Pop the bubbly.
After multiple past rejections, Community Board 8 has finally received permission from the city to look for a new home base away from Riverdale Avenue — although move-in day is still a long way off.
In the meantime, though, CB8 chair Rosemary Ginty couldn’t be happier.
“That’s the first step, the green light to go ahead,” she said. “I’m extremely grateful.”
Last September, Ginty wrote a letter to elected officials — including borough president Ruben Diaz Jr. and councilmen Andrew Cohen, Fernando Cabrera and Ydanis Rodriguez — asking for their support in her push to get a move approved not just by the city’s administrative services department, but also by the management and budget office, the first deputy mayor and the budget director.
“We have been dealing with an important issue for Community Board 8 for some time now with no success,” Ginty said.
CB8 wants to move from its current location at 5676 Riverdale Ave. — which Ginty describes as the distant northwest corner of the district — into a more central spot in order to better serve its residents. Its small, windowless space just south of West 259th Street has served as the board’s office since 1984.
But over the 33 years since, the district has grown and the population has shifted. The central part of the district — especially east of the Major Deegan Expressway — has become much bigger.
CB8’s epicenter is now the Broadway commercial corridor from West 225th to West 242nd streets, which is right where CB8 wants to relocate its offices. If it can’t be that particular stretch of Broadway, Ginty wouldn’t mind looking at other major cross streets like West 231st, West 238th, or West 242nd.
The corridor, Ginty noted, is well served by public transportation, including the 1 train line as well as several local and express buses.
CB8’s current space is less than 1,300 square feet, Ginty said, which is too small to hold a board meeting or even committee meetings, where people from the community voice concerns and discuss local issues like crime, transportation problems or parking rules. As a result, CB8 must search for meeting locations all over the district that are not only big enough to accommodate a sizeable group, but also easily accessible.
“That space is like a little hole in the wall,” Assemblyman Jeffrey Dinowitz said. “It’s horrendous.”
As for why two previous requests to find a new space were rejected, Ginty isn’t certain — all she knows is she was exasperated from what had become to seem like an impossible task.
“If you can put yourself into our shoes and see what it feels like to constantly get nos — it’s very, very frustrating,” she said.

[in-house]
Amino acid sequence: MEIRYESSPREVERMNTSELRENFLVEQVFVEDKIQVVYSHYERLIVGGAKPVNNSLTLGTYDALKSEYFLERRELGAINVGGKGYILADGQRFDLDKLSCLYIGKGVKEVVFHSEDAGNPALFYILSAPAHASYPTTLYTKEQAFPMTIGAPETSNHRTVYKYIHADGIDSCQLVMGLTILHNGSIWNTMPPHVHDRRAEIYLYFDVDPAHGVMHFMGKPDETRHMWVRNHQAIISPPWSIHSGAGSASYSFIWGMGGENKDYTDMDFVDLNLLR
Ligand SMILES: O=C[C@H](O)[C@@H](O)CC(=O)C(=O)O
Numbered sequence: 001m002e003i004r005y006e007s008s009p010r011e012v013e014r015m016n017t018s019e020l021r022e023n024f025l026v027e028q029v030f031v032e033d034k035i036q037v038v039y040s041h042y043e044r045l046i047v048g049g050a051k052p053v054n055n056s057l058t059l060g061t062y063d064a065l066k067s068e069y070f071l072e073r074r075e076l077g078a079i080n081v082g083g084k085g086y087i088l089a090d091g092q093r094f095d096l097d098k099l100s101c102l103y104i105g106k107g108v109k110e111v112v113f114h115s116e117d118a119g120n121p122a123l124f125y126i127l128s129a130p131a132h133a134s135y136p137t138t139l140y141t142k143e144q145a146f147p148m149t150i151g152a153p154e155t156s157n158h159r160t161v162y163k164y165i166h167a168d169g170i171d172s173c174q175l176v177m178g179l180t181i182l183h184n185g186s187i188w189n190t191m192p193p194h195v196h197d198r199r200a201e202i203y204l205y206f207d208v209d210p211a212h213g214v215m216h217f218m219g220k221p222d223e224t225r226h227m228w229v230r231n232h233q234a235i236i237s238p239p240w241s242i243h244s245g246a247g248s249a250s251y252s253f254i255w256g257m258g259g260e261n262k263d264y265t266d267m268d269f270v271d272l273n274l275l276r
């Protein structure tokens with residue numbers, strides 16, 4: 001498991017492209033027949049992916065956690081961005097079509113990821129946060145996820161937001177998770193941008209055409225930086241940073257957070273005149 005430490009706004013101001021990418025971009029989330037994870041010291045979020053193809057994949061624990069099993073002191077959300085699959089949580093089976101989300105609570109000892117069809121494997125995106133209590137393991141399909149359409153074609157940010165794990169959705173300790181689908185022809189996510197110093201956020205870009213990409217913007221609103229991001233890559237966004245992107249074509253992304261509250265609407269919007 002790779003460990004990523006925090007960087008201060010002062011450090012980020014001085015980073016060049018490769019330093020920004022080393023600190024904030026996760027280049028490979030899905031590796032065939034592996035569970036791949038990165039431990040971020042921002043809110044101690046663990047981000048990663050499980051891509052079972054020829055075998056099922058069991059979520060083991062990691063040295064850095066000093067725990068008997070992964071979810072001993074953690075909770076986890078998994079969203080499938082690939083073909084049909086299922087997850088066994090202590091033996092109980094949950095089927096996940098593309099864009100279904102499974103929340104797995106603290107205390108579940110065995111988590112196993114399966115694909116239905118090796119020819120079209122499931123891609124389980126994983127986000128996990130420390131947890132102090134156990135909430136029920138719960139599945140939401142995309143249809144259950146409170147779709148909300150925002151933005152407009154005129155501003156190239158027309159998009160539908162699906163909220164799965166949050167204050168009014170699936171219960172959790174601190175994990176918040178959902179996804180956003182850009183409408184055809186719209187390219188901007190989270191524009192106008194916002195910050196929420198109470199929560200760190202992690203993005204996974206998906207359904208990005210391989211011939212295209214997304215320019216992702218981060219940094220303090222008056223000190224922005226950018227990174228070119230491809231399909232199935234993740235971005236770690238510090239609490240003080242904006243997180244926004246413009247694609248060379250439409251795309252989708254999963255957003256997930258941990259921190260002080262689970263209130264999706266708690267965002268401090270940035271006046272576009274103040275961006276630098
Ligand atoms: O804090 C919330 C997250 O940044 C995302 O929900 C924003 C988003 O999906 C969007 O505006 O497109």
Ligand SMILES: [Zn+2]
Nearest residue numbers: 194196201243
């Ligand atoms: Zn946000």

In August 2015, CB8 requested the city’s administrative services department approve a move and start a search for a centrally located site, Ginty said, but the following January, the management and budget office denied it, saying CB8’s request didn’t meet health or safety criteria as an immediate reason to move.
But this rejection was moot, Ginty said, because CB8 isn’t seeking a new location for “health” reasons but to better serve the community.
CB8 tried again in September 2016 only to receive a memorandum last February from First Deputy Mayor Anthony Shorris and budget director Dean Fuleihan stating no new leases would be advanced without express written sign-off of the first deputy mayor and budget director themselves.
From the beginning of her tenure as the recently elected CB8 chair, Ginty has made finding a new office space a top priority.
Now that the city has approved the move, the search for an actual space has begun, and the city has identified several potential locations, according to communications director Jacqueline Gold. The next steps are to refine the list, and once a location is selected, negotiate with the landlord.
“We have to find a site that’s agreeable to us and to the city,” Ginty said. “They have certain parameters and requirements, and we have certain desires we’d like to accomplish by the move. We need it to function as a true community board office, and location is the No. 1 priority. And then we’ll deal with the details.”
Neither the city nor CB8 would identify precisely where any of the potential new locations are, and it’s still way too early to talk about when the moving trucks would arrive.
“There’s still going to be a lot of time before we do it,” Ginty said. “It isn’t snap your fingers and it’s done.”
One step, known as the uniform land use review procedure, could take more than 150 days.
“But I’m less worried about that,” Ginty said. “I have my green light and I can’t tell you how important that is. Without that, we have nothing.”